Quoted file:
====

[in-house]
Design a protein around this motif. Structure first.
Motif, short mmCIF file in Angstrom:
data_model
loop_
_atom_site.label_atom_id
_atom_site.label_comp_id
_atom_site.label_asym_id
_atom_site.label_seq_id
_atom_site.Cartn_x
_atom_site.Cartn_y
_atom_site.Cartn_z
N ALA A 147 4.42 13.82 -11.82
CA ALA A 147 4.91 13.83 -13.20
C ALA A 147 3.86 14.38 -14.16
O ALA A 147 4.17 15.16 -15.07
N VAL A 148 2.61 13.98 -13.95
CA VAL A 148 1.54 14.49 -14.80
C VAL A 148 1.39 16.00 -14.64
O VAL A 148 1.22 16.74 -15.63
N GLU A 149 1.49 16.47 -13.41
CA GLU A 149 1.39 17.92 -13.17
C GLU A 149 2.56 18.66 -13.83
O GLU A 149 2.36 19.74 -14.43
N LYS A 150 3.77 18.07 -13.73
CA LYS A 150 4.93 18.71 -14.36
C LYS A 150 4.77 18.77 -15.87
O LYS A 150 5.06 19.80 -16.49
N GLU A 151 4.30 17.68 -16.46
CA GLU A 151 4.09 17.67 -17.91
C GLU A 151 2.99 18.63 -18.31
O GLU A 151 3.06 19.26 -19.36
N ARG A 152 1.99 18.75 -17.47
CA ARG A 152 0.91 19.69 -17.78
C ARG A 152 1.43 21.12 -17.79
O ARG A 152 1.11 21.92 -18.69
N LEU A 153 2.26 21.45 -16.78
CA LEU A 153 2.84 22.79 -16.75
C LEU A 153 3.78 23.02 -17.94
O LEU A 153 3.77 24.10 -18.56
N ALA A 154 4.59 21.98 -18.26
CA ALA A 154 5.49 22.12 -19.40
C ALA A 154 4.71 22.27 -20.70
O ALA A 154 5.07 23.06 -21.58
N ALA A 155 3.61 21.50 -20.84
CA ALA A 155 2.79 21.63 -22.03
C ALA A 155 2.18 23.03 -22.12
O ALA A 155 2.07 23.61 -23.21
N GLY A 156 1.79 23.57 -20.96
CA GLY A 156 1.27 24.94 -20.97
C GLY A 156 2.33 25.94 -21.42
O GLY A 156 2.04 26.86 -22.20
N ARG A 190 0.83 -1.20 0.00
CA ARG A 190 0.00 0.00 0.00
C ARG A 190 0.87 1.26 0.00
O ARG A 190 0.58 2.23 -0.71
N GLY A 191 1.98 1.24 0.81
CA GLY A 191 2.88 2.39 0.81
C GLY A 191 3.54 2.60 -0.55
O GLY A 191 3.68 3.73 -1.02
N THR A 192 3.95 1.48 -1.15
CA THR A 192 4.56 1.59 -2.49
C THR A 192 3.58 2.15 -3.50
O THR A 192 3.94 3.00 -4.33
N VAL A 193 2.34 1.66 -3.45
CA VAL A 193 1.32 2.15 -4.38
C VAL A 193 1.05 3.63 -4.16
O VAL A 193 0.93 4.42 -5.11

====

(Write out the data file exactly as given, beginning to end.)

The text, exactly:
[in-house]
Design a protein around this motif. Structure first.
Motif, short mmCIF file in Angstrom:
data_model
loop_
_atom_site.label_atom_id
_atom_site.label_comp_id
_atom_site.label_asym_id
_atom_site.label_seq_id
_atom_site.Cartn_x
_atom_site.Cartn_y
_atom_site.Cartn_z
N ALA A 147 4.42 13.82 -11.82
CA ALA A 147 4.91 13.83 -13.20
C ALA A 147 3.86 14.38 -14.16
O ALA A 147 4.17 15.16 -15.07
N VAL A 148 2.61 13.98 -13.95
CA VAL A 148 1.54 14.49 -14.80
C VAL A 148 1.39 16.00 -14.64
O VAL A 148 1.22 16.74 -15.63
N GLU A 149 1.49 16.47 -13.41
CA GLU A 149 1.39 17.92 -13.17
C GLU A 149 2.56 18.66 -13.83
O GLU A 149 2.36 19.74 -14.43
N LYS A 150 3.77 18.07 -13.73
CA LYS A 150 4.93 18.71 -14.36
C LYS A 150 4.77 18.77 -15.87
O LYS A 150 5.06 19.80 -16.49
N GLU A 151 4.30 17.68 -16.46
CA GLU A 151 4.09 17.67 -17.91
C GLU A 151 2.99 18.63 -18.31
O GLU A 151 3.06 19.26 -19.36
N ARG A 152 1.99 18.75 -17.47
CA ARG A 152 0.91 19.69 -17.78
C ARG A 152 1.43 21.12 -17.79
O ARG A 152 1.11 21.92 -18.69
N LEU A 153 2.26 21.45 -16.78
CA LEU A 153 2.84 22.79 -16.75
C LEU A 153 3.78 23.02 -17.94
O LEU A 153 3.77 24.10 -18.56
N ALA A 154 4.59 21.98 -18.26
CA ALA A 154 5.49 22.12 -19.40
C ALA A 154 4.71 22.27 -20.70
O ALA A 154 5.07 23.06 -21.58
N ALA A 155 3.61 21.50 -20.84
CA ALA A 155 2.79 21.63 -22.03
C ALA A 155 2.18 23.03 -22.12
O ALA A 155 2.07 23.61 -23.21
N GLY A 156 1.79 23.57 -20.96
CA GLY A 156 1.27 24.94 -20.97
C GLY A 156 2.33 25.94 -21.42
O GLY A 156 2.04 26.86 -22.20
N ARG A 190 0.83 -1.20 0.00
CA ARG A 190 0.00 0.00 0.00
C ARG A 190 0.87 1.26 0.00
O ARG A 190 0.58 2.23 -0.71
N GLY A 191 1.98 1.24 0.81
CA GLY A 191 2.88 2.39 0.81
C GLY A 191 3.54 2.60 -0.55
O GLY A 191 3.68 3.73 -1.02
N THR A 192 3.95 1.48 -1.15
CA THR A 192 4.56 1.59 -2.49
C THR A 192 3.58 2.15 -3.50
O THR A 192 3.94 3.00 -4.33
N VAL A 193 2.34 1.66 -3.45
CA VAL A 193 1.32 2.15 -4.38
C VAL A 193 1.05 3.63 -4.16
O VAL A 193 0.93 4.42 -5.11